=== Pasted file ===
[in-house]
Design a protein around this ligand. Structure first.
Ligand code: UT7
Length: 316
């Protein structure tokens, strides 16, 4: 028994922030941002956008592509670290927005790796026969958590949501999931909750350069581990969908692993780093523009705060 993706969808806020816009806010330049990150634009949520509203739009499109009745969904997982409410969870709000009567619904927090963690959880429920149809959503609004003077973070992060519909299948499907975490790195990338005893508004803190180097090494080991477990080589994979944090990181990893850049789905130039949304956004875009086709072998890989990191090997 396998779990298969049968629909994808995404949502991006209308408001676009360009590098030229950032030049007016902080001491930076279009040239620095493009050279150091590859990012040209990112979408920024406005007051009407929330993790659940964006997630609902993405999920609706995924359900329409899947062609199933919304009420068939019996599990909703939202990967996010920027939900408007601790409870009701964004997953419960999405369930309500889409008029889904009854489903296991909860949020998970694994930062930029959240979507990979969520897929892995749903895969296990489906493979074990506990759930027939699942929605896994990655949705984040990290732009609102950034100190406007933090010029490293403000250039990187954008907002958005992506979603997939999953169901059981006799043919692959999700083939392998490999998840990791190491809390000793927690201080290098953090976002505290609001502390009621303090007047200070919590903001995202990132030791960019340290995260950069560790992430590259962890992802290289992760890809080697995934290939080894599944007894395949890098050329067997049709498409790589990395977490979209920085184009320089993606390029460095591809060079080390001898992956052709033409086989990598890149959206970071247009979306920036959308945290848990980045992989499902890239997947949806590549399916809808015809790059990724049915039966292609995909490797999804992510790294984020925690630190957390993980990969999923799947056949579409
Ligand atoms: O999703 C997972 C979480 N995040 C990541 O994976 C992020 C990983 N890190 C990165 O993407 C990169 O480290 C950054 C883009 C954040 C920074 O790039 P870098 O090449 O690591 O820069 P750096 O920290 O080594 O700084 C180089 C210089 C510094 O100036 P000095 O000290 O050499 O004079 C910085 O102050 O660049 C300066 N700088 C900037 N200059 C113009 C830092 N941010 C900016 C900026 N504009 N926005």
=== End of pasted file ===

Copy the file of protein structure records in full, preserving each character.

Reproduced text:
[in-house]
Design a protein around this ligand. Structure first.
Ligand code: UT7
Length: 316
């Protein structure tokens, strides 16, 4: 028994922030941002956008592509670290927005790796026969958590949501999931909750350069581990969908692993780093523009705060 993706969808806020816009806010330049990150634009949520509203739009499109009745969904997982409410969870709000009567619904927090963690959880429920149809959503609004003077973070992060519909299948499907975490790195990338005893508004803190180097090494080991477990080589994979944090990181990893850049789905130039949304956004875009086709072998890989990191090997 396998779990298969049968629909994808995404949502991006209308408001676009360009590098030229950032030049007016902080001491930076279009040239620095493009050279150091590859990012040209990112979408920024406005007051009407929330993790659940964006997630609902993405999920609706995924359900329409899947062609199933919304009420068939019996599990909703939202990967996010920027939900408007601790409870009701964004997953419960999405369930309500889409008029889904009854489903296991909860949020998970694994930062930029959240979507990979969520897929892995749903895969296990489906493979074990506990759930027939699942929605896994990655949705984040990290732009609102950034100190406007933090010029490293403000250039990187954008907002958005992506979603997939999953169901059981006799043919692959999700083939392998490999998840990791190491809390000793927690201080290098953090976002505290609001502390009621303090007047200070919590903001995202990132030791960019340290995260950069560790992430590259962890992802290289992760890809080697995934290939080894599944007894395949890098050329067997049709498409790589990395977490979209920085184009320089993606390029460095591809060079080390001898992956052709033409086989990598890149959206970071247009979306920036959308945290848990980045992989499902890239997947949806590549399916809808015809790059990724049915039966292609995909490797999804992510790294984020925690630190957390993980990969999923799947056949579409
Ligand atoms: O999703 C997972 C979480 N995040 C990541 O994976 C992020 C990983 N890190 C990165 O993407 C990169 O480290 C950054 C883009 C954040 C920074 O790039 P870098 O090449 O690591 O820069 P750096 O920290 O080594 O700084 C180089 C210089 C510094 O100036 P000095 O000290 O050499 O004079 C910085 O102050 O660049 C300066 N700088 C900037 N200059 C113009 C830092 N941010 C900016 C900026 N504009 N926005």